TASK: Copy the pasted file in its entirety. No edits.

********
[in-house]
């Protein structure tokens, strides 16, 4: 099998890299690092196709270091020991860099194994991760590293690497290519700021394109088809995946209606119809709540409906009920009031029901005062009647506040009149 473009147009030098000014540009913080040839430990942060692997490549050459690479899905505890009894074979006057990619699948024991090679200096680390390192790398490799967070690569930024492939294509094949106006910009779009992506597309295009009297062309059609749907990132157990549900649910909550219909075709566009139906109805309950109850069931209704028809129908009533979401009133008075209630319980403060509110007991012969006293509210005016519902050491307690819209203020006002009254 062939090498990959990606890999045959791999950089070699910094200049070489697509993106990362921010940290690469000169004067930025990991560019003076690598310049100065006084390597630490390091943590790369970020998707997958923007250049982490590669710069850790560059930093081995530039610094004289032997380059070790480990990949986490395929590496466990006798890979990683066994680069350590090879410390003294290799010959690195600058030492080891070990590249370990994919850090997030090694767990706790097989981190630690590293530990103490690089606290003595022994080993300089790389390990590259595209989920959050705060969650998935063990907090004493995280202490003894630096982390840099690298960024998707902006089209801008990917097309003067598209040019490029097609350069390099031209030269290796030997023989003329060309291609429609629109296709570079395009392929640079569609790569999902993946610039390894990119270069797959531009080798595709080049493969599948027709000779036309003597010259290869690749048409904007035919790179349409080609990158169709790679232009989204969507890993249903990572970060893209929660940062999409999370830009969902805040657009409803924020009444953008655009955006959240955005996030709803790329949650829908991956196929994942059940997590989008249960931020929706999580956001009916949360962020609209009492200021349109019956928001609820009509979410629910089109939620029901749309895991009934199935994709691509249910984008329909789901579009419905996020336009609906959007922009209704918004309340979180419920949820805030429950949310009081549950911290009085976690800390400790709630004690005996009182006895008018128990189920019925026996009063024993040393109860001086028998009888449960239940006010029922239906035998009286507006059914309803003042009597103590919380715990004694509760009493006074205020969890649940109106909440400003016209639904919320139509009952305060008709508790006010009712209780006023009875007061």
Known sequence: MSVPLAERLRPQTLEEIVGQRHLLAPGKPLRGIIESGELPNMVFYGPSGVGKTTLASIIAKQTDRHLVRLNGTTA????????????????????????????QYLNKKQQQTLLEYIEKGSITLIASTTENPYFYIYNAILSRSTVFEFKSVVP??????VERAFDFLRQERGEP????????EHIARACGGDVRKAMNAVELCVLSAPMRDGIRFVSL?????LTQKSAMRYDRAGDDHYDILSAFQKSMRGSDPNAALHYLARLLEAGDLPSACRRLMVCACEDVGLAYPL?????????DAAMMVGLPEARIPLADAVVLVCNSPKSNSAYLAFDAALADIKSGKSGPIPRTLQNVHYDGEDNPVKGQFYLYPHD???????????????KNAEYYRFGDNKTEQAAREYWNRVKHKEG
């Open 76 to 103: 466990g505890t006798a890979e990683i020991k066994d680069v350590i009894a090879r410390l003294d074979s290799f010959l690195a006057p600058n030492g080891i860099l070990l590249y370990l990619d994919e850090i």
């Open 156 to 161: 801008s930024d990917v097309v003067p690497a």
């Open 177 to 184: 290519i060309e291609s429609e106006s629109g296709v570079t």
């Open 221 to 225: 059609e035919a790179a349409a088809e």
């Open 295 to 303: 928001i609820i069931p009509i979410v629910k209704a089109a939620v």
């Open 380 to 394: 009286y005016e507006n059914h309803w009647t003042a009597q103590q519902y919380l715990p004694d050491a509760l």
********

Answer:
[in-house]
């Protein structure tokens, strides 16, 4: 099998890299690092196709270091020991860099194994991760590293690497290519700021394109088809995946209606119809709540409906009920009031029901005062009647506040009149 473009147009030098000014540009913080040839430990942060692997490549050459690479899905505890009894074979006057990619699948024991090679200096680390390192790398490799967070690569930024492939294509094949106006910009779009992506597309295009009297062309059609749907990132157990549900649910909550219909075709566009139906109805309950109850069931209704028809129908009533979401009133008075209630319980403060509110007991012969006293509210005016519902050491307690819209203020006002009254 062939090498990959990606890999045959791999950089070699910094200049070489697509993106990362921010940290690469000169004067930025990991560019003076690598310049100065006084390597630490390091943590790369970020998707997958923007250049982490590669710069850790560059930093081995530039610094004289032997380059070790480990990949986490395929590496466990006798890979990683066994680069350590090879410390003294290799010959690195600058030492080891070990590249370990994919850090997030090694767990706790097989981190630690590293530990103490690089606290003595022994080993300089790389390990590259595209989920959050705060969650998935063990907090004493995280202490003894630096982390840099690298960024998707902006089209801008990917097309003067598209040019490029097609350069390099031209030269290796030997023989003329060309291609429609629109296709570079395009392929640079569609790569999902993946610039390894990119270069797959531009080798595709080049493969599948027709000779036309003597010259290869690749048409904007035919790179349409080609990158169709790679232009989204969507890993249903990572970060893209929660940062999409999370830009969902805040657009409803924020009444953008655009955006959240955005996030709803790329949650829908991956196929994942059940997590989008249960931020929706999580956001009916949360962020609209009492200021349109019956928001609820009509979410629910089109939620029901749309895991009934199935994709691509249910984008329909789901579009419905996020336009609906959007922009209704918004309340979180419920949820805030429950949310009081549950911290009085976690800390400790709630004690005996009182006895008018128990189920019925026996009063024993040393109860001086028998009888449960239940006010029922239906035998009286507006059914309803003042009597103590919380715990004694509760009493006074205020969890649940109106909440400003016209639904919320139509009952305060008709508790006010009712209780006023009875007061």
Known sequence: MSVPLAERLRPQTLEEIVGQRHLLAPGKPLRGIIESGELPNMVFYGPSGVGKTTLASIIAKQTDRHLVRLNGTTA????????????????????????????QYLNKKQQQTLLEYIEKGSITLIASTTENPYFYIYNAILSRSTVFEFKSVVP??????VERAFDFLRQERGEP????????EHIARACGGDVRKAMNAVELCVLSAPMRDGIRFVSL?????LTQKSAMRYDRAGDDHYDILSAFQKSMRGSDPNAALHYLARLLEAGDLPSACRRLMVCACEDVGLAYPL?????????DAAMMVGLPEARIPLADAVVLVCNSPKSNSAYLAFDAALADIKSGKSGPIPRTLQNVHYDGEDNPVKGQFYLYPHD???????????????KNAEYYRFGDNKTEQAAREYWNRVKHKEG
């Open 76 to 103: 466990g505890t006798a890979e990683i020991k066994d680069v350590i009894a090879r410390l003294d074979s290799f010959l690195a006057p600058n030492g080891i860099l070990l590249y370990l990619d994919e850090i």
């Open 156 to 161: 801008s930024d990917v097309v003067p690497a």
């Open 177 to 184: 290519i060309e291609s429609e106006s629109g296709v570079t």
């Open 221 to 225: 059609e035919a790179a349409a088809e």
């Open 295 to 303: 928001i609820i069931p009509i979410v629910k209704a089109a939620v």
């Open 380 to 394: 009286y005016e507006n059914h309803w009647t003042a009597q103590q519902y919380l715990p004694d050491a509760l």